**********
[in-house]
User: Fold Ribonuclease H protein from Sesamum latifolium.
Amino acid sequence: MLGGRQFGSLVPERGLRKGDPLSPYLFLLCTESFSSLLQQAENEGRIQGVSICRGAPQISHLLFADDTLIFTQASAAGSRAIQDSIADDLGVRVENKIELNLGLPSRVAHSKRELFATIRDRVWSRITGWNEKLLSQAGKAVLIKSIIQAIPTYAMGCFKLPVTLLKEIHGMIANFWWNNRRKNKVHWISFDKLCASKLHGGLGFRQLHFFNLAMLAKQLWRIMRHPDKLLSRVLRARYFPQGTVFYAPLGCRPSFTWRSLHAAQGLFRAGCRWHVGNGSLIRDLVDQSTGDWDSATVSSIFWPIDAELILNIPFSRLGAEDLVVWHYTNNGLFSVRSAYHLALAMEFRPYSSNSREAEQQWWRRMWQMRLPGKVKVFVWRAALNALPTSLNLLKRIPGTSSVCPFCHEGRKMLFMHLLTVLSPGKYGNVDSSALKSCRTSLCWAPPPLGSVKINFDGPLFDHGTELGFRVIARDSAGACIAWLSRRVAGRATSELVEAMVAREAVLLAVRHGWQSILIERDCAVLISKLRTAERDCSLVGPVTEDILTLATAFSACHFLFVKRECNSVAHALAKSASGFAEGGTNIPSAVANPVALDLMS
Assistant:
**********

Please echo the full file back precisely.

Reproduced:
[in-house]
User: Fold Ribonuclease H protein from Sesamum latifolium.
Amino acid sequence: MLGGRQFGSLVPERGLRKGDPLSPYLFLLCTESFSSLLQQAENEGRIQGVSICRGAPQISHLLFADDTLIFTQASAAGSRAIQDSIADDLGVRVENKIELNLGLPSRVAHSKRELFATIRDRVWSRITGWNEKLLSQAGKAVLIKSIIQAIPTYAMGCFKLPVTLLKEIHGMIANFWWNNRRKNKVHWISFDKLCASKLHGGLGFRQLHFFNLAMLAKQLWRIMRHPDKLLSRVLRARYFPQGTVFYAPLGCRPSFTWRSLHAAQGLFRAGCRWHVGNGSLIRDLVDQSTGDWDSATVSSIFWPIDAELILNIPFSRLGAEDLVVWHYTNNGLFSVRSAYHLALAMEFRPYSSNSREAEQQWWRRMWQMRLPGKVKVFVWRAALNALPTSLNLLKRIPGTSSVCPFCHEGRKMLFMHLLTVLSPGKYGNVDSSALKSCRTSLCWAPPPLGSVKINFDGPLFDHGTELGFRVIARDSAGACIAWLSRRVAGRATSELVEAMVAREAVLLAVRHGWQSILIERDCAVLISKLRTAERDCSLVGPVTEDILTLATAFSACHFLFVKRECNSVAHALAKSASGFAEGGTNIPSAVANPVALDLMS
Assistant: